Wild Beasts, Two Dancers
I tried to read a book the first time I listened to Two Dancers, the latest album from Leeds-based band Wild Beasts, but as soon as the bass crept in, followed by a precise, tribal beating of drums, I put my book down and listened to the whole album. And then, when it was over, I listened to it again.
Two Dancers has been called “hedonistic,” “slightly delirious,” “mercurial,” “intoxicating and disturbing,” “erotic downbeat,” “a record of earthly pleasures.” Most simply put: “a state of unique musical grace.” (It’s Pitchfork’s pick for Best New Music of the year.) Its range is wide, from New Wave to something akin to a Gilbert and Sullivan tune. It’s difficult to describe without using a lot of words because it’s made up of so many different parts. The most obvious of which is Hayden Thorpe’s voice, a countertenor that ranges from low, guttural and grating to a soaring, operatic, other-worldly falsetto, sometimes all within a single word. His vocal eccentricities are offset by Tom Flemming’s beautifully rich and deep voice. Both Thorpe and Flemming are as strong as they are different, and they swagger throughout the album, swapping highs and lows (Flemming can sing in falsetto, too) through what Flemming calls a very “human album.”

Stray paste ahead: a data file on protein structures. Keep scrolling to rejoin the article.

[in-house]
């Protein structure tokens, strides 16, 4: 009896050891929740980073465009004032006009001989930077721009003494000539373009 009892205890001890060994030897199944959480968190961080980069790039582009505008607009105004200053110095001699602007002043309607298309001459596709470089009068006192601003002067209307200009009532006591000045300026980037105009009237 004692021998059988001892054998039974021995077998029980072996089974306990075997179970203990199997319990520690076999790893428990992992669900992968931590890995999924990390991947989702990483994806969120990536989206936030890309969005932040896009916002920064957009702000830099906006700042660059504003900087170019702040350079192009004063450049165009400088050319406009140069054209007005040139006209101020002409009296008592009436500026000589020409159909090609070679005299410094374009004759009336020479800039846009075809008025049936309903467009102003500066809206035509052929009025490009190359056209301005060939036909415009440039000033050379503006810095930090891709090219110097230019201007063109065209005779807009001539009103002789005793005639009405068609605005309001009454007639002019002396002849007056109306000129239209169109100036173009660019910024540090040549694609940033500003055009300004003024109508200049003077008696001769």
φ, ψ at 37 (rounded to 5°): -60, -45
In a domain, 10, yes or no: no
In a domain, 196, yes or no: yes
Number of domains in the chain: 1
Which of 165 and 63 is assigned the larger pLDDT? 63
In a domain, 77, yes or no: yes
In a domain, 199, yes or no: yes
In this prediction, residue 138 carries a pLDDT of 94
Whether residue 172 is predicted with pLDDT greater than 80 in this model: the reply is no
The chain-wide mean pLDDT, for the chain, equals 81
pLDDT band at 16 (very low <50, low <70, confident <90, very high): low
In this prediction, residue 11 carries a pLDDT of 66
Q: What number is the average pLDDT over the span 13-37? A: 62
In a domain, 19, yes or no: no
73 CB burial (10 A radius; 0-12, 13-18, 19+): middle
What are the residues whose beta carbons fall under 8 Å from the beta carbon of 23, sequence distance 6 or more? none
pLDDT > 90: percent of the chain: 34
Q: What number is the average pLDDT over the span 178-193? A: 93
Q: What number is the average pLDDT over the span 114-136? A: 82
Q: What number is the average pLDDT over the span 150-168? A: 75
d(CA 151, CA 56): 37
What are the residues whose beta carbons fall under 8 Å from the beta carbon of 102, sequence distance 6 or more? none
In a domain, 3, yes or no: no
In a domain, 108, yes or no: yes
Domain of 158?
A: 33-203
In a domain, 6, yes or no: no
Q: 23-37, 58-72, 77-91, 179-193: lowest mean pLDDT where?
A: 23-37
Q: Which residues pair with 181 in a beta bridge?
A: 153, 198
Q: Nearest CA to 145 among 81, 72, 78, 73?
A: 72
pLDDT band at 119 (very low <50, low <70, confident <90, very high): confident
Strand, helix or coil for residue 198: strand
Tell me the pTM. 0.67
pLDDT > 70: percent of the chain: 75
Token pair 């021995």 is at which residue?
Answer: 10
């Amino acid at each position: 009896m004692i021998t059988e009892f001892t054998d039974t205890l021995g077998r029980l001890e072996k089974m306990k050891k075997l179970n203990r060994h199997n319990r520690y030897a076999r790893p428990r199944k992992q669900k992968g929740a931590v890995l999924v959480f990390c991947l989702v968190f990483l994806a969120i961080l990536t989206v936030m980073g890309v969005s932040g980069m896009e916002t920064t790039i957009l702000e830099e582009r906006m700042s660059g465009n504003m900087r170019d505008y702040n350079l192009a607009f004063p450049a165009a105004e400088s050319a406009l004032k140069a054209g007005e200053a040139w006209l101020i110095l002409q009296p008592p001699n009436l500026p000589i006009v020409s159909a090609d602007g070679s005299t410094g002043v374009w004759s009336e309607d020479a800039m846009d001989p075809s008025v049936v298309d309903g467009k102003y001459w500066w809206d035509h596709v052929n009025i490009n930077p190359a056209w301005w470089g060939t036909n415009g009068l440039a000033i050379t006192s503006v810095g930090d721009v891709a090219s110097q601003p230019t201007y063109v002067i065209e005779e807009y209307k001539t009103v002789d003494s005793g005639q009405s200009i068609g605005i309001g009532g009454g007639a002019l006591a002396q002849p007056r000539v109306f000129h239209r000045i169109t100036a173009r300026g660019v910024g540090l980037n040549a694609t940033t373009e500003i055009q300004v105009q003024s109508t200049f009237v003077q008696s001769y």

Wild Beasts spent most of the past year on tour for their previous album Limbo Panto. “When we play gigs,” Thorpe explains, “we’re sort of giving people an escape. It’s strange being in that environment, watching people lose themselves. With the new album, we wanted to capture an environment where people…are highly emotional and lose learnt behaviors.” Listening to Two Dancers is like being transported to that place, a spinning, emotive shifting of energy. Flemming is quick to add that “there’s a lot of sex and sexuality, but that’s an endless subject.”
While it’s true the lyrics are what some critics have called “sex-obsessed,” I’d argue that it’s the music itself, not the words, that makes Two Dancers so sexually charged. Sure, the quality of Thorpe and Flemming’s voices can be very sexy indeed, but the drumming, in particular, is one of the most vocal elements of the record. It references everything from tribal beats to Depeche Mode and is played, ironically, by the most reserved member of the band, Chris Talbot. It’s the driving force behind songs like “This Is Our Lot” that, when played live, has all four musicians writhing onstage. If you look at each of them, however, they all move to their own beat, and that’s a big part of what makes Wild Beasts the most original band I’ve heard in a very long time. Their individual musical styles may run the gamut, but together they produce the most unexpected, captivating fusion of ideas and sounds you’ll hear all year.